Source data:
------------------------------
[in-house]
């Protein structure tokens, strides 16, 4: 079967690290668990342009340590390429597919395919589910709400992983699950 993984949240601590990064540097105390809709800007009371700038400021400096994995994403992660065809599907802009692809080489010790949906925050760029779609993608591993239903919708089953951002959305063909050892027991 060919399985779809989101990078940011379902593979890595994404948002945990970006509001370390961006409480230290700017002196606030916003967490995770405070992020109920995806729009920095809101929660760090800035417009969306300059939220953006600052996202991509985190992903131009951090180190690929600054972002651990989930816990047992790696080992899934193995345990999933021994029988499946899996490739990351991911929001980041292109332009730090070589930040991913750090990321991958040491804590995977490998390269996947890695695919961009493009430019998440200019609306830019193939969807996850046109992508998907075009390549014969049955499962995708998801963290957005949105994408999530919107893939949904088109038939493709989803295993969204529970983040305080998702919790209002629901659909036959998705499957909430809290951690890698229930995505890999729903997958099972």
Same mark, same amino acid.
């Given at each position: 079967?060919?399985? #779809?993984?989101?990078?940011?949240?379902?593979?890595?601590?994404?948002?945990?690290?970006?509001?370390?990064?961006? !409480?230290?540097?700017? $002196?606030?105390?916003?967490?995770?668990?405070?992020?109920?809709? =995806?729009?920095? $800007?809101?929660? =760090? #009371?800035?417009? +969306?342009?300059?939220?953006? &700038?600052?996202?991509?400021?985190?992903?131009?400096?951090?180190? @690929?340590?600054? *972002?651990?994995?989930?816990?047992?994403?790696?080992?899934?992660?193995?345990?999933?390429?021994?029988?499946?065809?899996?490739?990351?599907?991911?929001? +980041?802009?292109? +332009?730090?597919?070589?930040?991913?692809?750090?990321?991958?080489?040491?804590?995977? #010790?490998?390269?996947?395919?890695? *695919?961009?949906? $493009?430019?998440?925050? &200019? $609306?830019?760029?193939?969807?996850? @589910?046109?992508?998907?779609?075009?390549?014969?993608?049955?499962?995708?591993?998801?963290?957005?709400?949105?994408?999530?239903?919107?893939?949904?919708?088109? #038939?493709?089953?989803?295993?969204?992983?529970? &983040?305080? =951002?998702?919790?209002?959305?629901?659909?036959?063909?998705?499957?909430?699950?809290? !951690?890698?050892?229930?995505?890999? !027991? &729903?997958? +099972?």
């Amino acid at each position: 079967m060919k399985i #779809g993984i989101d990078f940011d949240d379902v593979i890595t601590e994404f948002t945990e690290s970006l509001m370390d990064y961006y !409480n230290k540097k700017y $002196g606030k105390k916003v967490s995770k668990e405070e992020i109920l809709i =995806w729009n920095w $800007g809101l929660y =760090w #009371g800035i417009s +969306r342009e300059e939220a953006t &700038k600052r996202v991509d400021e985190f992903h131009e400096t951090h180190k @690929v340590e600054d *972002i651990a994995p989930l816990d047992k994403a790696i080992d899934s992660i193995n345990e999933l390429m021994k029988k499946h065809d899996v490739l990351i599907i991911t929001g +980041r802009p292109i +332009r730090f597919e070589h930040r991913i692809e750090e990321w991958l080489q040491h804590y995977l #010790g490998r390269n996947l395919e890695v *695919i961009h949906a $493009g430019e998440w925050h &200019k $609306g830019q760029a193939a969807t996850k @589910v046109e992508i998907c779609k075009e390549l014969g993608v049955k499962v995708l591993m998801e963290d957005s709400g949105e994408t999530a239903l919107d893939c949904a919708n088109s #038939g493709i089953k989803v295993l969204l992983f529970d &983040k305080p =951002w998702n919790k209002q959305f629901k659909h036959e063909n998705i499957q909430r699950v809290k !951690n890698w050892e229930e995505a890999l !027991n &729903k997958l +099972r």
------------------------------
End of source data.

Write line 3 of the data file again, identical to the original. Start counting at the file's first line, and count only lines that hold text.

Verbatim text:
Same mark, same amino acid.